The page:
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Clicker Training??

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  • Clicker Training??

    I recently started working at a reining horse ranch where they use clicker training. I've seen it work for tricks, but never seen it used for more intense training. I've started a 2 year old with it, and seen it work.

    Anyone use it, or heard of it? What was your experience?

    Stories? Thoughts?

  • #2
    We used it on a spooky gelding we had, taught him to "touch it", and so when out on the trail and he spooked at something (cement sewer top, overturned tree, large rock...) we would say "tooooouch it" and he would sloooowly approach and touch it with his nose. We would cluck and give him a treat. He got to where when anything spooked him he would walk over and touch it, LOL! Soon got to where nothing spooked him.

    I am going to start doing it with my spooky mare. She is a little slower though to catch on to it, and now it's too hot!

    One of the boarders trained a horse to trailer load that way, he wouldn't load for nothing, worked on clicker training him and now he jumps in any trailer, and it only took one 15-20 minutes session!
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    • #3
      Originally posted by Chardavej View Post
      We used it on a spooky gelding we had, taught him to "touch it", and so when out on the trail and he spooked at something (cement sewer top, overturned tree, large rock...) we would say "tooooouch it" and he would sloooowly approach and touch it with his nose. We would cluck and give him a treat. He got to where when anything spooked him he would walk over and touch it, LOL! Soon got to where nothing spooked him.
      I did/still do this exact same thing!


      I think there are some old threads you can pull up on clicker training as well.

      I love it. I've used it on my horse and my mule with good results. I haven't done it a lot, but it's fun to use and they seem to pick up on it really quickly. I also had a friend who used clicker training to stop her big draftie who used to grab the bit and take off.
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      • #4
        OK, i've told this one about three times, but here it goes again. I had used clicker training with Sadie, but havent done any in two or three years. Was riding out with my parellified neighbor (she's relapsed again to near total unriding since this incident, but for a while there you could go out with her and her horse and not be interrupted by an emergency dismount to perform Remedial Games). Anyway, we encountered a very large horse eating trash container recently placed at end of another neighbor's driveway, where we cross the paved road to get to a dirt road. Both horses said, no way, Jose.

        I ASKED Sadie, "Can you touch it?" and told her "If you touch that trash can with your nose I'll give you a peppermint." Whereupon she marched over and bumped it with her nose and begged for her treat, which I promptly gave her. Whereupon Parellified Neighbor sighed rapturously and cooed, "Oh, Sadie! You'd be SO EASY to do Parelli with!"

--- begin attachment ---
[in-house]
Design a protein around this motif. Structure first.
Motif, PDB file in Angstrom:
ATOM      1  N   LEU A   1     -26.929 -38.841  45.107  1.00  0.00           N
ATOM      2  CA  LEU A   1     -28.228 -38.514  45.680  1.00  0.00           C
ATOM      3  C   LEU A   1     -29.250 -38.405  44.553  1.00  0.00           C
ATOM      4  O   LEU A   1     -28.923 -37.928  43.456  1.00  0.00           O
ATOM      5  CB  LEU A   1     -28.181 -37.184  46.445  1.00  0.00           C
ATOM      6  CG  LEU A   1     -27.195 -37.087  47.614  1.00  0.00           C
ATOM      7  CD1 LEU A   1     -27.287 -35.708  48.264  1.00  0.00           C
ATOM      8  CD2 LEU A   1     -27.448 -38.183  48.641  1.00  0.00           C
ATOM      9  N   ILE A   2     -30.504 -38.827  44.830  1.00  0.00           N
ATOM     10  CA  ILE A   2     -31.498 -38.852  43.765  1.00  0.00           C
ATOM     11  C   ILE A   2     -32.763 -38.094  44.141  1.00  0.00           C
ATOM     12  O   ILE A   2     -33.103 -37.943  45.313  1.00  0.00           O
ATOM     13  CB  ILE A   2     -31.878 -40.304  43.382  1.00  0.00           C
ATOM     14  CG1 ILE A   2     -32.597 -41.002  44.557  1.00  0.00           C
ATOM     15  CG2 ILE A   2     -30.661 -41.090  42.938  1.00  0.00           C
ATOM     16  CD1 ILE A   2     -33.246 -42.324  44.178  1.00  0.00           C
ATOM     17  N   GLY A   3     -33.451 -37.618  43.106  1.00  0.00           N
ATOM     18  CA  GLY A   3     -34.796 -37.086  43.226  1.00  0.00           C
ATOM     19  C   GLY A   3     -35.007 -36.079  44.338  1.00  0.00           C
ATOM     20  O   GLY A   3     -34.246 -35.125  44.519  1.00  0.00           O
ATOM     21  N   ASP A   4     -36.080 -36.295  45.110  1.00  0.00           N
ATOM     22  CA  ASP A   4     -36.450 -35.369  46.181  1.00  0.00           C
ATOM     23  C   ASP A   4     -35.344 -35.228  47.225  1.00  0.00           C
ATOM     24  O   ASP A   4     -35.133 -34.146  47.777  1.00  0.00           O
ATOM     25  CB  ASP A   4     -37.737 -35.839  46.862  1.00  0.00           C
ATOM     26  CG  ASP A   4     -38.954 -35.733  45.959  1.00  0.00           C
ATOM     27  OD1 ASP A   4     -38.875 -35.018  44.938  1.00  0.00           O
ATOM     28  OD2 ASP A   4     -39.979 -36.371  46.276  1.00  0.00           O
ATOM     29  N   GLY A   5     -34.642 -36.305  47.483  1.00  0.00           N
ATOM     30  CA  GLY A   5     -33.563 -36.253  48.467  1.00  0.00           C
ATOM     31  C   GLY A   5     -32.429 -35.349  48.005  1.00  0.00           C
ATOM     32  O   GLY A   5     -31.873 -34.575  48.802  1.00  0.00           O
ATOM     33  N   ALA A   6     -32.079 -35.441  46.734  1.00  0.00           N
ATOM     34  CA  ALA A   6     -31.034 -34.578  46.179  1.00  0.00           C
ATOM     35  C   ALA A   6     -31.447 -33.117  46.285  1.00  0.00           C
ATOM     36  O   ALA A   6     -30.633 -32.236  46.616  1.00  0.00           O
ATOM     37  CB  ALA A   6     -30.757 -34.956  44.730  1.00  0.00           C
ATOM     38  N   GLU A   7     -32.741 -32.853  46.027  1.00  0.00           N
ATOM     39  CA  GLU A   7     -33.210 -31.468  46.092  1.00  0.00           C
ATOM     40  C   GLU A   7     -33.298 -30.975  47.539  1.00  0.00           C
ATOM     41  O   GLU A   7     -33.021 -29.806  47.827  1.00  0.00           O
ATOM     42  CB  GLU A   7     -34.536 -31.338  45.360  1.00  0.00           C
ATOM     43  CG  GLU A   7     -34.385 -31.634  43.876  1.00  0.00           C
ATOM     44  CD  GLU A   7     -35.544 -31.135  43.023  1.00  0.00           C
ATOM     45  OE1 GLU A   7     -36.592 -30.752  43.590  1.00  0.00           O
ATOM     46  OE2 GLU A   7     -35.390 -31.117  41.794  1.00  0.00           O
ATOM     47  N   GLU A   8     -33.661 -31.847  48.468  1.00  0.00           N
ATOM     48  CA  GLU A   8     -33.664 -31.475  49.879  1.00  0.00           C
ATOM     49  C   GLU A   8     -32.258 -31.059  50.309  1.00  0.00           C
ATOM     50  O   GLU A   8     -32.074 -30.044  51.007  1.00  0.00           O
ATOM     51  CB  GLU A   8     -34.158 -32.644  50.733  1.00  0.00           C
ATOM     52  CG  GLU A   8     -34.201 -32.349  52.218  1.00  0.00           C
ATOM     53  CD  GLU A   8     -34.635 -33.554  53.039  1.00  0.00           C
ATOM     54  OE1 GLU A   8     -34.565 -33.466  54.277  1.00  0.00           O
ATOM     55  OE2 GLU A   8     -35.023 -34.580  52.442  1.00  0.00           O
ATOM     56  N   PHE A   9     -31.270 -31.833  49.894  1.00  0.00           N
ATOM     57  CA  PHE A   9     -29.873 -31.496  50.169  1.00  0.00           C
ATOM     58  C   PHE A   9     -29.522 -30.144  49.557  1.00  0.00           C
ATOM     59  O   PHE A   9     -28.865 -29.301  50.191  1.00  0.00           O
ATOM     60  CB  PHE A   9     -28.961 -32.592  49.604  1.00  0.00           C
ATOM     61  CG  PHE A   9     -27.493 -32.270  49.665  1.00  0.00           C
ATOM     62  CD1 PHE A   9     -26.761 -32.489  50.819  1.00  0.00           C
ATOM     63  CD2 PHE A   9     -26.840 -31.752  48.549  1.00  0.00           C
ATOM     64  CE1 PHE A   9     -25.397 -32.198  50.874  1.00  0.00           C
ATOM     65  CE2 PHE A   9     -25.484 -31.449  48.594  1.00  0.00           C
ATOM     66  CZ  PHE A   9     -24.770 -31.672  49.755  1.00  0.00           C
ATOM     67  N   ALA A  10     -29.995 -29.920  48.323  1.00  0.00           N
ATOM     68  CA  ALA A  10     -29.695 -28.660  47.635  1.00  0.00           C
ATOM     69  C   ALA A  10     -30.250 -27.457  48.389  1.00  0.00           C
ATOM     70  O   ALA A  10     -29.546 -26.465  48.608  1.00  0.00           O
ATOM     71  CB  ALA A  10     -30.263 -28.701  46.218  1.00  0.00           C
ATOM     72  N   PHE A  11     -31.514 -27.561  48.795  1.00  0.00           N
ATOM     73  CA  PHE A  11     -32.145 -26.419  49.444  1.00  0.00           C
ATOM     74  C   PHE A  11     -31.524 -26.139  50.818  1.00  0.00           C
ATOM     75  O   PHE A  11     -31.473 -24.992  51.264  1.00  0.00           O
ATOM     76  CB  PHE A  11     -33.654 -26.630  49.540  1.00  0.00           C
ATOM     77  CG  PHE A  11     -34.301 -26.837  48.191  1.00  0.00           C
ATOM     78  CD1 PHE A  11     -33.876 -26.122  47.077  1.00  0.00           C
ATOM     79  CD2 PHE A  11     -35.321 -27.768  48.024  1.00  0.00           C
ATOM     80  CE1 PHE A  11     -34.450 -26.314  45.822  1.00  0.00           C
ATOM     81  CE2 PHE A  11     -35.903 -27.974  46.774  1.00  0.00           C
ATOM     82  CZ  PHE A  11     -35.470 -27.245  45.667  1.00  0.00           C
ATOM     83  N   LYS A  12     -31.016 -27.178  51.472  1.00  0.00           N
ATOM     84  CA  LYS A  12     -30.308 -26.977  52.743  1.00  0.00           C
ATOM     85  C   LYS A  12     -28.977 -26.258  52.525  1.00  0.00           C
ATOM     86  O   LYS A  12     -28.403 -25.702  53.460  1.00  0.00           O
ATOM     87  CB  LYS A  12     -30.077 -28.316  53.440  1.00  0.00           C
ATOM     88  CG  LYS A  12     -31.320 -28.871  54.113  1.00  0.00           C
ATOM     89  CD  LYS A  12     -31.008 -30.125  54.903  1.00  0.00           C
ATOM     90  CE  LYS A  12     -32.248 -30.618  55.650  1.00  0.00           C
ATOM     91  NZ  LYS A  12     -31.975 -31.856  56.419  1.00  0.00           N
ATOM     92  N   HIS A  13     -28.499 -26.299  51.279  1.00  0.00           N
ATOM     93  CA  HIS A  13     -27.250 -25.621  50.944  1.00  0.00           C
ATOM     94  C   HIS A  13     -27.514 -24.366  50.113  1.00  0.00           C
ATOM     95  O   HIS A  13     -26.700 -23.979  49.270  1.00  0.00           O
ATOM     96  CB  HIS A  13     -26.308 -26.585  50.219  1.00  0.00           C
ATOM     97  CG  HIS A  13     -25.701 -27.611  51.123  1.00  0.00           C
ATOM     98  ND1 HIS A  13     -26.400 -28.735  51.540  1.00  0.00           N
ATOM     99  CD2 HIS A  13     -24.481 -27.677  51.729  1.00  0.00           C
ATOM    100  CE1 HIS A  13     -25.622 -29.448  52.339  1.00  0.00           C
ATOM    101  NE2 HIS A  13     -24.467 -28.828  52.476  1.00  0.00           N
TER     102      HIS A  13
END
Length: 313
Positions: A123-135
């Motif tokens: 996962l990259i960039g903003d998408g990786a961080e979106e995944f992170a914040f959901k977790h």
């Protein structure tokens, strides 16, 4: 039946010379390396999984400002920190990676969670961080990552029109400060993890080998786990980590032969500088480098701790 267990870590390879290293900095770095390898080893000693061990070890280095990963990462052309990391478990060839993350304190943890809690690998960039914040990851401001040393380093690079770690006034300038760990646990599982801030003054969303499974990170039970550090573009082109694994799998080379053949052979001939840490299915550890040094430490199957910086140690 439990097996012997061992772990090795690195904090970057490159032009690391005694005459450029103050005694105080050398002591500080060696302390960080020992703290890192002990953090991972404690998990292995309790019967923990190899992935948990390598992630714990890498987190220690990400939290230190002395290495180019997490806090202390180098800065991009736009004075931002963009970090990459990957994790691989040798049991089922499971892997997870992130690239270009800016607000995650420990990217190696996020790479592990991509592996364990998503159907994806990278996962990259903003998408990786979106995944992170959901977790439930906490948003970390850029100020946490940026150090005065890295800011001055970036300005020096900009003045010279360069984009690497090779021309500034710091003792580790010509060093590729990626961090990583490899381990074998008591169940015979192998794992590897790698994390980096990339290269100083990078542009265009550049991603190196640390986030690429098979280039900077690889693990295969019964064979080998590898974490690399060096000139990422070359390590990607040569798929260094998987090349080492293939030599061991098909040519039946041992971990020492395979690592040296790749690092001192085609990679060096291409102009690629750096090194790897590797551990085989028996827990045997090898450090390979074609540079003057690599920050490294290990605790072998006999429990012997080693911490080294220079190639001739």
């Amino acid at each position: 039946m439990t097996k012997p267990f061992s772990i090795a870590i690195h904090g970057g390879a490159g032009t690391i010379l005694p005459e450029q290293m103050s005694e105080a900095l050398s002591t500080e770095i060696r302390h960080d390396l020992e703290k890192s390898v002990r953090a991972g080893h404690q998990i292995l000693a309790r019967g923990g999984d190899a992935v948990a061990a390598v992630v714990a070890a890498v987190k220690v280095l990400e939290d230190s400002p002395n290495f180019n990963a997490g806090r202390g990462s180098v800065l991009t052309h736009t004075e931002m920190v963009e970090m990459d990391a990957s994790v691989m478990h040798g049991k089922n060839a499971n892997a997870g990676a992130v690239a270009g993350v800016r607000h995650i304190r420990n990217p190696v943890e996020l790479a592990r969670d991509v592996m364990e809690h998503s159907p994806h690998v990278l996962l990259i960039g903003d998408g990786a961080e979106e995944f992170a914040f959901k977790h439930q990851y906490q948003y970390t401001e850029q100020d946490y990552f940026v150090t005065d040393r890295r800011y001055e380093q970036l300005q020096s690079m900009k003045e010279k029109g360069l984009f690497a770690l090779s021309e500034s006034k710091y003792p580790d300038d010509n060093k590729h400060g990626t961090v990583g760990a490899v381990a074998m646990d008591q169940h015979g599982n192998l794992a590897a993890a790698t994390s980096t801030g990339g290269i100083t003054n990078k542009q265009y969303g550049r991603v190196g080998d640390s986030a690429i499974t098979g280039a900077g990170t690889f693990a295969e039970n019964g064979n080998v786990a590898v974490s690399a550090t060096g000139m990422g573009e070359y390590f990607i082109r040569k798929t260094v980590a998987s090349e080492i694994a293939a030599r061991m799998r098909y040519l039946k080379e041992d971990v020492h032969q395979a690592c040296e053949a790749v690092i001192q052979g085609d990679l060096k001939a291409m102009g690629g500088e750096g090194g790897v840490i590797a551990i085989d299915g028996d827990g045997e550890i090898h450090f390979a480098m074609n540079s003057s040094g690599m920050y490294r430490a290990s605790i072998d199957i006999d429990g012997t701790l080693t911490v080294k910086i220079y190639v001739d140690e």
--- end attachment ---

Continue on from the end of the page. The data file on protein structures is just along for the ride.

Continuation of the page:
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        • #5
          ---""Oh, Sadie! You'd be SO EASY to do Parelli with!""---




          Our dog club has been giving clicker training classes for a good 20+ years.
          We have also trained some horses to do things for us, but not especially for tricks, but to teach them to learn to work independently.

          A friend taught a reining horse to do spins on his own, out in the pasture, on request.
          She did click a little too low a head and last I heard, she was trying to click for a little less nose on the ground spins.

          Once you understand the principles of operant conditioning, the world is your oyster as a trainer.

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          • #6
            My first OTTB is a total nutcase. People have not been kind to this horse. I will tell anyone with ears that clicker training saved both of our lives. He really is happy with the clicker. It not only paints a clear idea of what he's supposed to do, but it is also a tacit contract regarding my behavior as a handler. That horse would follow me off a cliff if I clicked him for it.
            My Arab mare was a different story. She became anxious with the clicker. She would desperately offer behavior after behavior looking for a click. As her repertoire increased, it became very cumbersome. I had to wait through several behaviors before the right one emerged, and teaching new behaviors became very difficult. She would just get so excited about the 'game' that she had difficulty focusing on my cues. When I decided clicker training wasn't moving us forward, and decided to stop, she was not a happy camper. I'm sure there are folks here who could've made it work regardless. Frankly, the whole affair was too cumbersome for me, at least when working with a horse who didn't need it to not kill me.